It would seem to anybody who hears of James Warfield, that he was living the American dream. He owned his own 13 acre farm and blacksmith’s shop, and although he had lost his wife, he still had his four daughters. With the Confederate invasion in the summer of 1863, that would all change. James Warfield’s life and dreams would be shattered. Warfield and his family were forced to flee Gettysburg, because of fear of capture by the Confederates. Just because of the color of his skin, James Warfield, a free African American, was in danger. It didn’t matter that James and his family were free blacks. If the Confederates found them, they would be captured and sent south into bondage, into slavery.
Although James Warfield was nowhere near his farm during the battle, his farm was far from being deserted. On July 2nd, General Barksdale and his Mississippi brigade briefly occupied the farm waiting for their orders to attack. General Barksdale, an imposing figure of a man, was a well known Southern planter. As a young man, Barksdale had studied at the University of Nashville, graduated, and eventually settled down at a plantation outside Columbus, Mississippi, where he took up the practice of law. An ardent supporter of State’s Rights, Barksdale abandoned the study of law to become the editor of the Columbus Democrat. As editor, he used the paper as an organ to promote his pro-slavery views. When war broke out with Mexico, Barksdale joined up as an officer of the 2nd Mississippi. Returning home a hero, Barksdale took up politics, first as a delegate to the National Democratic Convention of 1852, later as a representative in Congress from 1853 to 1861. While in Congress, Barksdale gained prominence for being an fervent State’s Rights Democrat, an ardent “Fire Eater” and later, a Secessionist. He would make a speech in 1856 declaring, “I deny the power of Congress to legislate upon the subject of slavery anywhere, except to protect it. That is my position…”
War hero. Accomplished planter and newspaper editor. Congressman. Some might say Barksdale was also living the American dream.
So, when Mississippi seceded, Barksdale thought nothing of resigning his seat in Congress, and returning to the South - to his home, his slaves, and his new country. He would offer his services to the Confederacy and now, two years later, July 2 1863 found Barksdale at the Warfield farm waiting to go into battle. Barksdale was once again a soldier, this time fighting against a country he had previously sworn to defend.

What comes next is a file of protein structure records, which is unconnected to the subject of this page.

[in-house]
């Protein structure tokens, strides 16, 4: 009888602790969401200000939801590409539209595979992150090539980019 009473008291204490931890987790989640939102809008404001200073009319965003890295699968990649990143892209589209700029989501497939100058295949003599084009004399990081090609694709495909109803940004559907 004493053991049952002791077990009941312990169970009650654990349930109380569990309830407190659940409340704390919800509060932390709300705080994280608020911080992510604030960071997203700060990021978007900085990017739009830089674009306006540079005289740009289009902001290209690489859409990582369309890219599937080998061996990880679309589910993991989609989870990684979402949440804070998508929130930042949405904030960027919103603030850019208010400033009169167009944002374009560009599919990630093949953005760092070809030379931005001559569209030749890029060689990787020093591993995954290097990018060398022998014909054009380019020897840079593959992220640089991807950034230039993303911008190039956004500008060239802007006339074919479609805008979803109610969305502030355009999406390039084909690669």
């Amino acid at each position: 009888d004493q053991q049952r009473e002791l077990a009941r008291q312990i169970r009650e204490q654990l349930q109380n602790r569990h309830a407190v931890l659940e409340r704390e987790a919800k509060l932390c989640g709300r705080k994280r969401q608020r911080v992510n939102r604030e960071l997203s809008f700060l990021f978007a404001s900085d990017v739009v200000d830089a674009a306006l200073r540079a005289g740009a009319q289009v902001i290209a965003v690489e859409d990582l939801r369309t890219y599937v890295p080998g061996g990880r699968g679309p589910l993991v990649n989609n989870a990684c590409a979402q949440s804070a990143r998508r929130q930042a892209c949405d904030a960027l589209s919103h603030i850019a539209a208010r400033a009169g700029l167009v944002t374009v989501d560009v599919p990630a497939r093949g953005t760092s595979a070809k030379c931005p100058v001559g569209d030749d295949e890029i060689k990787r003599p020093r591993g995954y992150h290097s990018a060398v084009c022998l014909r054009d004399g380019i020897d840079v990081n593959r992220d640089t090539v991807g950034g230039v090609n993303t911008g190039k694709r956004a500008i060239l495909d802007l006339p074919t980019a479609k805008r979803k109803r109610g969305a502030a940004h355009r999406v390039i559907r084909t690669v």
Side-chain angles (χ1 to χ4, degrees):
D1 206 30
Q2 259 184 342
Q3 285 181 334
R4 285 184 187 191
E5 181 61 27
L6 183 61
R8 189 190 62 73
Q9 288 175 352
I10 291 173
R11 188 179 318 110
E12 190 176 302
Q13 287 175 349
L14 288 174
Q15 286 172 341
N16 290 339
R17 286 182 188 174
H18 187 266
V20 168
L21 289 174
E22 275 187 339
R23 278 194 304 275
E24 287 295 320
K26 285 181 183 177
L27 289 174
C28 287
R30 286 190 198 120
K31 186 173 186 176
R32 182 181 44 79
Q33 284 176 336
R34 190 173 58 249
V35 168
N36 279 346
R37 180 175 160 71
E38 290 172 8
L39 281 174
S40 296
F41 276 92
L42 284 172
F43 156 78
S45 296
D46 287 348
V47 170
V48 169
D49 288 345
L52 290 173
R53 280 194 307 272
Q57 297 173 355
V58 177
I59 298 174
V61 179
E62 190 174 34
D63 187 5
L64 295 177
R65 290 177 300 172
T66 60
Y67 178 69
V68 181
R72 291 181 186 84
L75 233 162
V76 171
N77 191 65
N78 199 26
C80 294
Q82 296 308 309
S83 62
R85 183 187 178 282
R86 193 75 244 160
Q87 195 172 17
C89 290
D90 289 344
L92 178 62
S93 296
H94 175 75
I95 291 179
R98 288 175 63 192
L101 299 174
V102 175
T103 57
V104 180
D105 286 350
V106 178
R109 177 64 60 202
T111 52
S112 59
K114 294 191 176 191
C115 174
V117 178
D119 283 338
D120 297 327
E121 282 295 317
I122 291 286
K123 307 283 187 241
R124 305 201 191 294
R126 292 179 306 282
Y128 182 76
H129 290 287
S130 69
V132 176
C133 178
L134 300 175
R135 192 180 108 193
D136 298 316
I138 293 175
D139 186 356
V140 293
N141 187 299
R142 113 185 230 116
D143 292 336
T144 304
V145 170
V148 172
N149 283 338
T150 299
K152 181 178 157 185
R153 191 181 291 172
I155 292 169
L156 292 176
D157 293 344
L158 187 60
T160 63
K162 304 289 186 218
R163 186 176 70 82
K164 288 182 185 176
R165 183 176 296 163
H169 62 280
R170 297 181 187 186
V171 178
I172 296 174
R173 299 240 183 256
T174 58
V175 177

For William Barksdale, you could say that the very reason the battle of Gettysburg was being fought was over his idea of the American dream. Barksdale’s version of the American dream was a dream of property - human property. Barksdale, was fighting at Gettysburg for State’s Rights, for slavery’s rights, and for his own right to own slaves, all 36 of his human property. Ranging from 2 to 40 years old, some of these human beings were the same ages as James Warfield, and his four daughters. In another world, James Warfield and his daughters, could have very well been, the reason, the property, that Barksdale was fighting for at Gettysburg.
General Barksdale and James Warfield probably never met though. But what would have happened if they did meet? What would they say each other? When they looked into each other’s eyes, what would they see?
Would they have seen the antithesis of each other and their dreams?
What do you think Barksdale would have saw? What should have been a piece of his American dream – a piece of property, a slave, was in fact, a property owner himself, James Warfield was no property, he was a human being who owned property – land and a blacksmith shop.
What so you think James Warfield would have saw? A man that was fighting for his dreams? Or the devil that could take his family and freedom away?
Both Warfield’s and Barksdale’s dreams would be shattered later that day, July 2, 1863. Barksdale would be shot down during the attack, and die the next morning in enemy hands. The slave-holding country he fought for would also be struck down by a blow at Gettysburg, one from which it would never recover. After the battle, Warfield would return home with his freedom intact, but his farm ruined. During the battle, it sustained over 500 dollars in damage. 50 bushels of wheat, 60 bushels of corn, and 50 dollars of fences were all destroyed. 2 heads of cattle and 3 hogs went missing during Warfield’s absence as well. Neither Barksdale’s nor Warfield’s dream survived the battle - no one really survived the battle.
The above is one of my favorite interpretive bits/stories that I used to tell to folks when I worked at Gettysburg. I loved playing with the possibilities of bending the fabric of time, throwing together weird contradictions, and generally just using history as a thought experiment. It doesn’t matter that Barksdale and Warfield never met, or that the phrase “American dream” didn’t come into usage until the 1960s (although versions of the idea are found within the ideology of Manifest Destiny). What matters, is we (the visitors and I) thought about it then during that moment. We looked at the story from a radically different perspective. We thought about things in a new way, from some different angle. What matters most, is we tried to create meaning.